The U.S. economy created 103,000 jobs in December. It needs to create about 125,000 just to keep up with the natural growth of the labor force. Do the math, as they say, and you see the extent of our problem.
So much for QE2 (that went to the stock market, here and in China, as hot money); so much for President Obama’s grovel-fest before corporate titans; so much for the turnaround promised by the November elections, or the tax deal, or…pick your bromide. Our problem transcends dogma, much less the conventional wisdom. The number of jobs created was well below the consensus forecasts.
The unemployment rate fell to 9.4 percent in large part because more people dropped out of the labor force. Some “260,000 people dropping out of the labor force, leaving the labor force participation rate at 64.3 percent, a stunning new low for the recession,” according to economist Heidi Shierholz of the Economic Policy Institute. “Incredibly, the U.S. labor force is now smaller than it was before the recession started, though it should have grown by over 4 million workers to keep up with working-age population growth over this period.”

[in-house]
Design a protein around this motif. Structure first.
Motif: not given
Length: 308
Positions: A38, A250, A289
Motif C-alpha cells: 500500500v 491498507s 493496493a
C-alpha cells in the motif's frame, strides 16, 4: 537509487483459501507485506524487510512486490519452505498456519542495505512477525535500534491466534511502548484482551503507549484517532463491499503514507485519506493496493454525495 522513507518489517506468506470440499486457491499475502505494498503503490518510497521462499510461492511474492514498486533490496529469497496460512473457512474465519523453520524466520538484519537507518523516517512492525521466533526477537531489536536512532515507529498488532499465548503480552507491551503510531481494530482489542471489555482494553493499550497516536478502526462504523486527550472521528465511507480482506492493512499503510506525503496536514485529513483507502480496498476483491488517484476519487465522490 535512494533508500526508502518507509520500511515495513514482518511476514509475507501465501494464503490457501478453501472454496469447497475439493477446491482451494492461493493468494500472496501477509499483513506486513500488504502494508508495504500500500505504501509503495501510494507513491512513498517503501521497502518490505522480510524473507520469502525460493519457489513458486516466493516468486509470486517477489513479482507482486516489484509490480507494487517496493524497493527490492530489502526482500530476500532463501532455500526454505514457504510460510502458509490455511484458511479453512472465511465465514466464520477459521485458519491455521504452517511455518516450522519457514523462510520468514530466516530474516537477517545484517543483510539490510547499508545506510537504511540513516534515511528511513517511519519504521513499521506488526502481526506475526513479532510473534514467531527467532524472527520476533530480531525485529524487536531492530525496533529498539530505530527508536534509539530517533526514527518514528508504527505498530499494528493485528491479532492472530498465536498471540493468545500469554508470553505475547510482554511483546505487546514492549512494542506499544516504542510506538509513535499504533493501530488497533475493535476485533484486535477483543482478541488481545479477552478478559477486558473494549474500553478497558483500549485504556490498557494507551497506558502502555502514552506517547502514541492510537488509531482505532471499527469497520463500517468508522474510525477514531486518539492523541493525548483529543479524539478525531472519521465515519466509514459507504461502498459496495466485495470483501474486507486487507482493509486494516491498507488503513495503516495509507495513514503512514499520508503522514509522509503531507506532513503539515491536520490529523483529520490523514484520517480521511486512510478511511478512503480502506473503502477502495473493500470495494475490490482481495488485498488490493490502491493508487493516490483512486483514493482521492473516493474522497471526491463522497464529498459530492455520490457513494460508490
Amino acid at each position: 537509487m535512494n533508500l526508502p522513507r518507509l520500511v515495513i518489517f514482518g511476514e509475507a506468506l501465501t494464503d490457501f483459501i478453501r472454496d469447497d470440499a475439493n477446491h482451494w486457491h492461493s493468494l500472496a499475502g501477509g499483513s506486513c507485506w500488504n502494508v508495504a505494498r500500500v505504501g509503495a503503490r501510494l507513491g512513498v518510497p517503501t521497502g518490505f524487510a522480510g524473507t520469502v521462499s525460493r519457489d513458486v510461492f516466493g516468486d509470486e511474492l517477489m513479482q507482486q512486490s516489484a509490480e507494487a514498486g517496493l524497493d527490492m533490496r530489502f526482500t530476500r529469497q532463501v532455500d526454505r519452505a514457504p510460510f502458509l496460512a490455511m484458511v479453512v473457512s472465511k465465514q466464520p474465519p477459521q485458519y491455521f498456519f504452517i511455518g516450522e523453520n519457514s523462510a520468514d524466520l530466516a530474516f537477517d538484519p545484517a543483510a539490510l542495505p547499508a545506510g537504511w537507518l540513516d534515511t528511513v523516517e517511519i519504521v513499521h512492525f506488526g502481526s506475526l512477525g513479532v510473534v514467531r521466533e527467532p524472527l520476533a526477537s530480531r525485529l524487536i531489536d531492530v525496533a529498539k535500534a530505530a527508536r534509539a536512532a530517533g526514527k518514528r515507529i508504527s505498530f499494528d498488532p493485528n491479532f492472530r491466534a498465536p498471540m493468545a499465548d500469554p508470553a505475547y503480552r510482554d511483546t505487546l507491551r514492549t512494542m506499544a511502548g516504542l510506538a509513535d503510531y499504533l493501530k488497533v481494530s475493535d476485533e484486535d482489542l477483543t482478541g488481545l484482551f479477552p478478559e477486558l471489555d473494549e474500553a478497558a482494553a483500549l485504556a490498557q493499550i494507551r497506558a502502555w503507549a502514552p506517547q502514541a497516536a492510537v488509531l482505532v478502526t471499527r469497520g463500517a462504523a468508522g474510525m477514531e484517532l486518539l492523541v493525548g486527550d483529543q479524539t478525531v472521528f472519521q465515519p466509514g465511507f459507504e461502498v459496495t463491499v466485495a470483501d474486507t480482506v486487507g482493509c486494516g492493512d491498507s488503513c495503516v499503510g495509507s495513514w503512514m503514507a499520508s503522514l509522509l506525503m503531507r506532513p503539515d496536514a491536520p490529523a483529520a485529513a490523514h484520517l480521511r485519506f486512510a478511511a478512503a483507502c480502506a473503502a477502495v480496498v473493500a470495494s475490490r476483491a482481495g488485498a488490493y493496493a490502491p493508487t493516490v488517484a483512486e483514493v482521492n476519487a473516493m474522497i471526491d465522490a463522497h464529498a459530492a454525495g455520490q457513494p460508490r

So now we move forward in a strange new disconnect. Goldman Sachs excites a rising stock market by investing in Facebook, never mind putting your tax money at risk. Lots of new gadgets will be there to distract. GDP is rising, although still not nearly enough to make up for the huge output gap left by the Great Recession. The big banks are back to “normal,” the rich are richer and corporate profits are at a record.
And millions of Americans are out of work and a large cohort may be for many years. Will they just become part of the landscape?
The Atlantic has an interesting chart on how the Great Recession changed America. The changes aren’t done.
All You Need to Know About Priorities and Power Dept: Headline: “JPMorgan exec named new White House chief of staff.”
Today’s Econ Haiku:
Ferries, once our pride
Now a hole in the budget
What changed? Them or us?